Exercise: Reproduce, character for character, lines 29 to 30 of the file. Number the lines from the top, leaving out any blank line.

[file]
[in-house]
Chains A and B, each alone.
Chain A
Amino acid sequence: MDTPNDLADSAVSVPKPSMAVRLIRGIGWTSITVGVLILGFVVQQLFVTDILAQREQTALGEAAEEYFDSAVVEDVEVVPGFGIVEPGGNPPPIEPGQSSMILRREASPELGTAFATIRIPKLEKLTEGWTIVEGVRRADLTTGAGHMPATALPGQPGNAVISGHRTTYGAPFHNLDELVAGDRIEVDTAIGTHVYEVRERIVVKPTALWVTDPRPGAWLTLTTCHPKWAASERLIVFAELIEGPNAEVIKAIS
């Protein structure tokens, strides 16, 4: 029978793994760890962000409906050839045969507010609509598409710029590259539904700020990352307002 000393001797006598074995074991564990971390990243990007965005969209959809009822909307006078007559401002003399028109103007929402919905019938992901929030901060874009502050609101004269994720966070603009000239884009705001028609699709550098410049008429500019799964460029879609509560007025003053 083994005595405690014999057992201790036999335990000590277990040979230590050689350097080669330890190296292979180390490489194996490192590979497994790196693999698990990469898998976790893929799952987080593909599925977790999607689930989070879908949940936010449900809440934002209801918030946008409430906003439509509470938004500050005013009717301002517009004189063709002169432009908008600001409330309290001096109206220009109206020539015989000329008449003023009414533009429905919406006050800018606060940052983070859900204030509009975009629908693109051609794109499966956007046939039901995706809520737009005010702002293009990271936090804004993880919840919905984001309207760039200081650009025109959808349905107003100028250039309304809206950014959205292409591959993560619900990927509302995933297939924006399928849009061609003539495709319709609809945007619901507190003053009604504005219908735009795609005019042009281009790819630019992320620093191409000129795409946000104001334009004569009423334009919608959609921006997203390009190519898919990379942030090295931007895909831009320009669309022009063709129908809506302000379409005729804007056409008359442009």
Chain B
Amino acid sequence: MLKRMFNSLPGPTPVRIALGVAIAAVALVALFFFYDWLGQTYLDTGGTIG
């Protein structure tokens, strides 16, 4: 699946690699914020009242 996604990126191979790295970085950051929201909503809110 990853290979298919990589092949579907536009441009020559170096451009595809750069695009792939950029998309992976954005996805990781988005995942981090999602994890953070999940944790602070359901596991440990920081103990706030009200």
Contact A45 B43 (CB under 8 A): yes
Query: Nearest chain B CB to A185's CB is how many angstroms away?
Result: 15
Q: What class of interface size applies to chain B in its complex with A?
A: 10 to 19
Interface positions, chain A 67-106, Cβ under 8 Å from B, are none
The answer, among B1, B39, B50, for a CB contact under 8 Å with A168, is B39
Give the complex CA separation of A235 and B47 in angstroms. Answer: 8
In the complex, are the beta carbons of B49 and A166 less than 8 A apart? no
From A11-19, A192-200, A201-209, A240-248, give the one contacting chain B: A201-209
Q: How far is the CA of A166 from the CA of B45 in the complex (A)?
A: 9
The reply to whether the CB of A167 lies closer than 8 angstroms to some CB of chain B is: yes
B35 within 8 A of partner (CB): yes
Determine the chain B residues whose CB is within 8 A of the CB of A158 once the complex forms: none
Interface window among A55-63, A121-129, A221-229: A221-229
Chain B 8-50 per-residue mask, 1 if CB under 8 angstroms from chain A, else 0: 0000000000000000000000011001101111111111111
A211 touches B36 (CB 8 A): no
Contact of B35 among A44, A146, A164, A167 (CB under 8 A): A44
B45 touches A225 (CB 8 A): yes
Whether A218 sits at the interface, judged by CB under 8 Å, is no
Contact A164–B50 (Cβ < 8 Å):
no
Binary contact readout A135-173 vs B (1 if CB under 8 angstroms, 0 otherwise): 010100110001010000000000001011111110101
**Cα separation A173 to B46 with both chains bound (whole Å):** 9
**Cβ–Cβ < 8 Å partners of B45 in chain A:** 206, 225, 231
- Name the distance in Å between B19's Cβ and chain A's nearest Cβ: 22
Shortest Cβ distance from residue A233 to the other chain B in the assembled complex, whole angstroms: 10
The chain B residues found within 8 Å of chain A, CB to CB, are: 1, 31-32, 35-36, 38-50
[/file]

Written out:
Whether A218 sits at the interface, judged by CB under 8 Å, is no
Contact A164–B50 (Cβ < 8 Å):